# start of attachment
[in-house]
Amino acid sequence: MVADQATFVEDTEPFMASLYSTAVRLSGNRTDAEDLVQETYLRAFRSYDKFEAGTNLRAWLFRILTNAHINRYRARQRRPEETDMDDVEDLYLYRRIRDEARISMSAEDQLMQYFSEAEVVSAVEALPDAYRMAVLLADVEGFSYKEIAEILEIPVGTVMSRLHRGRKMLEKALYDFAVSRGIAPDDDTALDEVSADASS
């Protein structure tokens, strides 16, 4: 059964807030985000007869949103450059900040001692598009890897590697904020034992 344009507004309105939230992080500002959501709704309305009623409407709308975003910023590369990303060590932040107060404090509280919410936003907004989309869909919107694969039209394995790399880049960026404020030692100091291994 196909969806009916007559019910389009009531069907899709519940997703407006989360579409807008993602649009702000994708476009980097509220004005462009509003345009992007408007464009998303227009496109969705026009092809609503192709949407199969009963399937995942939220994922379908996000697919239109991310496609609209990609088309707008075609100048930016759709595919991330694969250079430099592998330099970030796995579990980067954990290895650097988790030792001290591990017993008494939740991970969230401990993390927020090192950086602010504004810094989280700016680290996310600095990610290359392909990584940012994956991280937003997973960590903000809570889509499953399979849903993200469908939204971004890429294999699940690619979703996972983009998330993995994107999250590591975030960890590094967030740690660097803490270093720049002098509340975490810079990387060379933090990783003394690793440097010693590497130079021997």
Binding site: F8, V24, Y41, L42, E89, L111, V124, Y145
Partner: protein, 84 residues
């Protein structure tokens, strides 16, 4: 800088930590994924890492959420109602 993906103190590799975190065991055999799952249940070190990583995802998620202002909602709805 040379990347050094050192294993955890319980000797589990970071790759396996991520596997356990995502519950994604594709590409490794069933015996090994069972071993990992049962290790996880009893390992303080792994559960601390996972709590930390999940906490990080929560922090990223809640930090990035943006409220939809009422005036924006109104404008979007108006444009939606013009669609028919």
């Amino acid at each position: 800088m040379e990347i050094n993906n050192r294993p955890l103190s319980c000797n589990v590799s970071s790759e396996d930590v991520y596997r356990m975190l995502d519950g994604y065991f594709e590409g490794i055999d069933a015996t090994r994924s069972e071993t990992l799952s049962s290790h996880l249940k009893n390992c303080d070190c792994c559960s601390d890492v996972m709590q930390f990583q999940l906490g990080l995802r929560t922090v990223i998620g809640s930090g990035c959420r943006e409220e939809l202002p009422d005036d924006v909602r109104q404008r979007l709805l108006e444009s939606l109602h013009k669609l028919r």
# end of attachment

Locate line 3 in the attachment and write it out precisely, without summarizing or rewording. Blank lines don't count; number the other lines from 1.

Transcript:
């Protein structure tokens, strides 16, 4: 059964807030985000007869949103450059900040001692598009890897590697904020034992 344009507004309105939230992080500002959501709704309305009623409407709308975003910023590369990303060590932040107060404090509280919410936003907004989309869909919107694969039209394995790399880049960026404020030692100091291994 196909969806009916007559019910389009009531069907899709519940997703407006989360579409807008993602649009702000994708476009980097509220004005462009509003345009992007408007464009998303227009496109969705026009092809609503192709949407199969009963399937995942939220994922379908996000697919239109991310496609609209990609088309707008075609100048930016759709595919991330694969250079430099592998330099970030796995579990980067954990290895650097988790030792001290591990017993008494939740991970969230401990993390927020090192950086602010504004810094989280700016680290996310600095990610290359392909990584940012994956991280937003997973960590903000809570889509499953399979849903993200469908939204971004890429294999699940690619979703996972983009998330993995994107999250590591975030960890590094967030740690660097803490270093720049002098509340975490810079990387060379933090990783003394690793440097010693590497130079021997």